• gbevers

    Why is Korea trying to force an “unequal treaty” on the US?

  • http://www.xanga.com/wangkon936 WangKon936


    Do you know anything about the FTA?

  • http://www.wmga.net captbbq


    What you say sounds great. And I agree with a lot of things you wrote. Free trade, no matter what the motive is generally great for the economy. No disagreements there. I’m sure the guys are all about spreadsheets with hypothetical job loss estimates vs. jobs created estimates and busily balance everything out with their counterparts (through I would stress that in weighing whether an industry is helped or hindered by any one concession, it is weighted in no small part by whether that industry supported the current politician who supported the negotiators)

    All up until the part to where you base your augment on the fact that all this is done because it benefits the consumer. Surely it does, but how is this any benefit for the politician? Benefiting the consumer is not a politicians bread and butter, satisfying ones campaign contributors is. What makes you assume in any way they are motivated by the urge to help out the consumers? The motive just isn’t there, and one doesn’t climb to the top of the political shit slinging match without having their motives straght. Call me cynical, I don’t mind. I won’t call you naive, but I will say your model is a bit too idealistic to be reality.

    Then there the little problem with the fact that despite everything you wrote, my model not only explains what is going on, but went so far as to predict it before hand. That is to say sure, you are right in that it is better if the US signed and just implemented it already (I agree wholeheartedly). So why don’t they? Riddle me that.

  • gbevers

    Wangkon (#12) wrote:

    Do you know anything about the FTA?

    Do I have have to know anything about it to suggest it is an “unequal treaty”? Afterall, I am living in Korea.

  • Charles Tilly

    gbevers inanely asks:

    “Why is Korea trying to force an “unequal treaty” on the US?”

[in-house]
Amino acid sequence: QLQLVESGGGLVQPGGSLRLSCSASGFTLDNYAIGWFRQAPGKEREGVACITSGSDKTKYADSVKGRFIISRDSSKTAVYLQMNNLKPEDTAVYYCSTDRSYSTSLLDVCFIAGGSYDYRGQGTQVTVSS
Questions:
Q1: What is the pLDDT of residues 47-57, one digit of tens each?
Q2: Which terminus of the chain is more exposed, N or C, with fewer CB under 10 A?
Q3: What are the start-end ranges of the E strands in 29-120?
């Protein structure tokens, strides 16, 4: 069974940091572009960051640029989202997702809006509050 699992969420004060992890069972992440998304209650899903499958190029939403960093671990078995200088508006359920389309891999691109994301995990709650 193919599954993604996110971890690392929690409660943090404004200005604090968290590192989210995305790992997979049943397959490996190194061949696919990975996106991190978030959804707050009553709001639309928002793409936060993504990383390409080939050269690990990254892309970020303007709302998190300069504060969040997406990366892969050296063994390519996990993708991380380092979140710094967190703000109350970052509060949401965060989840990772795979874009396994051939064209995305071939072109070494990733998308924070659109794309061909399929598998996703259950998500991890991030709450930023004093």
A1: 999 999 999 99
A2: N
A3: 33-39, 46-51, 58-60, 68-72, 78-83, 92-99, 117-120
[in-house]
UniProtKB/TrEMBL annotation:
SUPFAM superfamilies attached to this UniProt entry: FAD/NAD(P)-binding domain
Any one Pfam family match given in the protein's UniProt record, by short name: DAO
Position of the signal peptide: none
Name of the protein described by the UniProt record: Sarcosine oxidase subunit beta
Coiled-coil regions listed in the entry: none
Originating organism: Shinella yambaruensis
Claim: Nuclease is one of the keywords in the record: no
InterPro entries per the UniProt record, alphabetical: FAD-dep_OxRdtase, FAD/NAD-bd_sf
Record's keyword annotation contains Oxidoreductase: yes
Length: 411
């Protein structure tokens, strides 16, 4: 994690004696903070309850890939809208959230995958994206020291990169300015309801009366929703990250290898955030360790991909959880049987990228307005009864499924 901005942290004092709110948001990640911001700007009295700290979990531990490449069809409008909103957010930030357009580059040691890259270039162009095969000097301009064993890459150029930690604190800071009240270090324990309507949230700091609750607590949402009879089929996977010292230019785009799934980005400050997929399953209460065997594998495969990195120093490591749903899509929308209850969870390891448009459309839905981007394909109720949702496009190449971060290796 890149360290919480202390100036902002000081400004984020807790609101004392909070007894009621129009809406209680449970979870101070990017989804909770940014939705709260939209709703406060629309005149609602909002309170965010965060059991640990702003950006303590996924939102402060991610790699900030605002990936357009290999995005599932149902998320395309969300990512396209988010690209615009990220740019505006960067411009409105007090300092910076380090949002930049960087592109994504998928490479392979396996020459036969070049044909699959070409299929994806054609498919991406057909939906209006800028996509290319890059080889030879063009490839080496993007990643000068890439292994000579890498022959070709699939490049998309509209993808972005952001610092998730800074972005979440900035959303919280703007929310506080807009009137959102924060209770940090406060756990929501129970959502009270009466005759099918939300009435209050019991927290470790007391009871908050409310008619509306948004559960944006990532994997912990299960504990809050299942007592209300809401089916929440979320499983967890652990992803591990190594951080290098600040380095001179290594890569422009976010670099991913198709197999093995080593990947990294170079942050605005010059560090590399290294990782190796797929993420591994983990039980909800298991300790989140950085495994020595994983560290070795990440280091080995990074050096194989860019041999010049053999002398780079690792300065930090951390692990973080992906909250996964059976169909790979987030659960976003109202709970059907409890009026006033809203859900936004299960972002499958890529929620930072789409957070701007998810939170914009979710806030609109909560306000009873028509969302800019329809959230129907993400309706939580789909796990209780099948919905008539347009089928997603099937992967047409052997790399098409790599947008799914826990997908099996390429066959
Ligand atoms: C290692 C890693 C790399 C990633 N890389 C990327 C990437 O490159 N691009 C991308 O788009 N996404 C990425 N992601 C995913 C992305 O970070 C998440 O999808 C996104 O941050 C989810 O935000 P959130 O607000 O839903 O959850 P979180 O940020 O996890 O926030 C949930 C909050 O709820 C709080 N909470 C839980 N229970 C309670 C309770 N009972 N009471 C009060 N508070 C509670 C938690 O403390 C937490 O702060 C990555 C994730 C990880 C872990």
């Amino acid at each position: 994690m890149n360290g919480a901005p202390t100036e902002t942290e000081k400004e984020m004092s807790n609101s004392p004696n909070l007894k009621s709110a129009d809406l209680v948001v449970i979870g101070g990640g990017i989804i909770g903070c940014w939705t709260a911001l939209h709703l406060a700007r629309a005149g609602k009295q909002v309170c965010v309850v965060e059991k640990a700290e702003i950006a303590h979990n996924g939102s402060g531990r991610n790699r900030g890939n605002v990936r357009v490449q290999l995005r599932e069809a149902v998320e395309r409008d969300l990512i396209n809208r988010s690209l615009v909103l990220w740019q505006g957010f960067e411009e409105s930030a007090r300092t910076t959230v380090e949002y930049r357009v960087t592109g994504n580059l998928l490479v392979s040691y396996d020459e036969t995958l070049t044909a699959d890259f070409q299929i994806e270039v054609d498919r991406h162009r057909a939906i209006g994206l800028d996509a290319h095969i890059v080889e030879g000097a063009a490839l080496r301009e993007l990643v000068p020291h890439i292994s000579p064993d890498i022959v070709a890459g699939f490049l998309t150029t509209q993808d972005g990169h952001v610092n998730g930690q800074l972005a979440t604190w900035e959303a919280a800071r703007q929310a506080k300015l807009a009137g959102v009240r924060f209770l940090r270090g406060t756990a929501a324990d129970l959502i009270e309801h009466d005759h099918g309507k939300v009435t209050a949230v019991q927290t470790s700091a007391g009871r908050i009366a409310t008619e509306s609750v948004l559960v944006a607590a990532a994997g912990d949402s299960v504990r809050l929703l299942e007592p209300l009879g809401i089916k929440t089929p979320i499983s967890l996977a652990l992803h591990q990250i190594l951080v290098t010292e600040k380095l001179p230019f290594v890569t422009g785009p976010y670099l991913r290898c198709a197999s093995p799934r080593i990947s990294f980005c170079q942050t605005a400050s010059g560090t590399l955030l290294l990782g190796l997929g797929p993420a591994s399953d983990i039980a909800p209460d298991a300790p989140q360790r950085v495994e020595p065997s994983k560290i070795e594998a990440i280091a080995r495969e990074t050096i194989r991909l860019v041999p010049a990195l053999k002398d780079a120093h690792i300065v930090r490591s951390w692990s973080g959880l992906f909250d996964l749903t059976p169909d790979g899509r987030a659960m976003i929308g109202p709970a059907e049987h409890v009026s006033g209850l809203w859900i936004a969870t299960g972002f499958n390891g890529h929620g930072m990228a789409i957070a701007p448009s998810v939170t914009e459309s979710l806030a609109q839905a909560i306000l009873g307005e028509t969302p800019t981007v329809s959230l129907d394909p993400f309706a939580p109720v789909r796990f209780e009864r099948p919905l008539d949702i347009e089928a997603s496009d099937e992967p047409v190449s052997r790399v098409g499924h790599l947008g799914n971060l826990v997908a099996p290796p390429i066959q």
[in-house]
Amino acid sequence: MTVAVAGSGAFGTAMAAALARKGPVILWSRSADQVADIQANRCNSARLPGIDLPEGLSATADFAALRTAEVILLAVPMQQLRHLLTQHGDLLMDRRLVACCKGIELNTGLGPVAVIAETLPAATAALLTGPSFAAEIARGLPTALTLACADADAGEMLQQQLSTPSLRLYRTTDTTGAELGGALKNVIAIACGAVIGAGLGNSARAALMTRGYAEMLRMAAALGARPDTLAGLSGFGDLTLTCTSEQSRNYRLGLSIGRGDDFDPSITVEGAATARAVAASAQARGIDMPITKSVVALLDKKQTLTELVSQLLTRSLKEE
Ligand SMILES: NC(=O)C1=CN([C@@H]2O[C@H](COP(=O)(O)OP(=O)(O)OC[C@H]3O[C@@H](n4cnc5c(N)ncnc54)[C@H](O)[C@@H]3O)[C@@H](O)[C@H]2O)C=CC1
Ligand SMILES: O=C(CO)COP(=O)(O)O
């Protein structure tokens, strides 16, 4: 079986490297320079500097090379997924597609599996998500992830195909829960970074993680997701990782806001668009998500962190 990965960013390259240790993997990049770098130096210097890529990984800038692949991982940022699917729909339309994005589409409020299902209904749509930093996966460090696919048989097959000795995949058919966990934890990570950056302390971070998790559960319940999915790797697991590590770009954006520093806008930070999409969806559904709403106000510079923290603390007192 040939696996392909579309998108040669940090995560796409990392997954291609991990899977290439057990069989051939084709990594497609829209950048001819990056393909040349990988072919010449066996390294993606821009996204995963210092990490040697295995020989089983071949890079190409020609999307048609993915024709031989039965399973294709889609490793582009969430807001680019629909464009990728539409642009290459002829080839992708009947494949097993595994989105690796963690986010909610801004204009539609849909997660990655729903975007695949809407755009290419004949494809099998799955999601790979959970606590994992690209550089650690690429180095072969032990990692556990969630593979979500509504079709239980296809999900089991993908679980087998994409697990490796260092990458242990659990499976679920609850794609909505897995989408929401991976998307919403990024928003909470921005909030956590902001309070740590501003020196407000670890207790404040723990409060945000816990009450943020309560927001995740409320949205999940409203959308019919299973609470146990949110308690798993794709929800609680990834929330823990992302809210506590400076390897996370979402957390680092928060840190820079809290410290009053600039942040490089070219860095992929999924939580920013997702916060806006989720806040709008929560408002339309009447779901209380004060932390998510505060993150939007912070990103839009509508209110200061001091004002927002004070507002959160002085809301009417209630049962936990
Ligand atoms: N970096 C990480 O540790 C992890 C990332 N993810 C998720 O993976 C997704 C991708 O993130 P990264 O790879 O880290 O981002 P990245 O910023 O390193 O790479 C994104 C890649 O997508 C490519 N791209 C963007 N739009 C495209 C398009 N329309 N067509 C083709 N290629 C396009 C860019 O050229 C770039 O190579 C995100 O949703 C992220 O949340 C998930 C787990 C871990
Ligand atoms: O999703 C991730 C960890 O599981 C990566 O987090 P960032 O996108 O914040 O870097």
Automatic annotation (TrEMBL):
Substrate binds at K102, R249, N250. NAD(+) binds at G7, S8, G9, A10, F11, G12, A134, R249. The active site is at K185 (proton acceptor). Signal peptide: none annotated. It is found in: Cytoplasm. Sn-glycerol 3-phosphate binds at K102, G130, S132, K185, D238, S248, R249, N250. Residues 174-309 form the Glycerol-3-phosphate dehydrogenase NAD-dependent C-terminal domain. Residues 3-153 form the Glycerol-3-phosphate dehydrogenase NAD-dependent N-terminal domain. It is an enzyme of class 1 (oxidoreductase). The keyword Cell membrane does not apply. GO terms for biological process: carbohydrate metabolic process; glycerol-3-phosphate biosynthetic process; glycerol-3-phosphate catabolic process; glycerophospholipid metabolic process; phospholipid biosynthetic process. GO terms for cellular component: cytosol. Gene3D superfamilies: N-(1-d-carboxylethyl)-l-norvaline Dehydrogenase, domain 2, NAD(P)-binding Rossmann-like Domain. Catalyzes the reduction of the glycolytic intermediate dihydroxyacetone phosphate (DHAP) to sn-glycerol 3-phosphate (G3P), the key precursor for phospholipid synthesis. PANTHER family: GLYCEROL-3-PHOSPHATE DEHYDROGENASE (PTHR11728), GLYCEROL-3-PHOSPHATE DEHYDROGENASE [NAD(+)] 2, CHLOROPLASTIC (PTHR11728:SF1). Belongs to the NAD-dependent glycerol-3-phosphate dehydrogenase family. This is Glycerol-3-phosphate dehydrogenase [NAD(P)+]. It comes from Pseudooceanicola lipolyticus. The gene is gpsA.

I don’t suppose that it’s to late in gbevers’ cognitive development to introduce him to the concept of “historical context”. In regard to the unequal treaties, those were pursued by rapacious colonial powers cynically exploiting the internal weaknesses of another state. Such weak states really had no choice but to accept them or risk military ripostes. In the case of the KORUS FTA, the circumstance is such that it is two essentially sovereign nations coming to together mutually, and of their own accord to hammer out a deal. Now, the deal may be unfair and lopsided for one side and hence “unequal” but that doesn’t by implication mean that the current deal is a la the unequal treaties during the era of late imperialism. One side or the other has the opportunity to back out without having to worry about troops washing ashore.

  • http://www.xanga.com/wangkon936 WangKon936

    Negativity about Korea appears to be a knee jerk reaction for gbevers. He essentially doesn’t need specific data to have (or support) the negativity.

    If this is his natural starting point, this severely undermines his credibility in the other issues he advocates.

  • http://www.xanga.com/wangkon936 WangKon936

    Well, yeah. And I guess water is wet too.

  • http://www.jdlink.co.kr Linkd

    You are right. I could have sorted my pronouns better, but basically I was taking the point of view of national economies, not politicians. As in: the citizens of our country now spend $100mil on bicycles, buy 1 million bikes per year and 100,000 people are employed by the industry. If we open up and import your bikes, the prices will drop and our citizens will be paying $80 per bike instead of $100, but people will be buying 120,000 per year instead of 100,000, but half our bike companies will go out of business, costing 50,000 jobs…so…(play with spreadsheet), we have a net gain of blah blah dollars.

    It’s enough to make your head explode. Politicians don’t do this, trained negotiators do. And yes, they do it for the benefit their own home country’s consumers.

    Recall my studio sound board analogy – those things have a thousand sliders that go up and down, each an individual bargaining chip. What the politicians DO do is to tell their negotiating team THAT slider right there, don’t fuck with it (or else make sure it ends up HERE when the deal is done). And that slider represents rice for Korea, or beef for America. And so of course those sliders get all the attention. But that’s really as far as politicians get into it. Negotiators hate those sliders.

    It’s definitely an interplay between various parties. Try as we might here and as we always will, none of us can get the whole world into a single blog post, so I’ll close with this reminder: the ONLY reason to negotiate is if you have something to gain. If America had nothing to gain by an FTA with Korea, then it wouldn’t even have bothered to try. The very act of even getting started is an admission to the other side that they can make you better off than you are now.

  • http://www.wmga.net captbbq


    Here is a list of how much people and PACs belonging to various organization have contributed and in what magnitude to US political parties. You might want to notice the Saddam Husein voter turnout type ratio in which the United Auto Workers Union (ranked 16th in overall contributions) contributes to the Democratic party: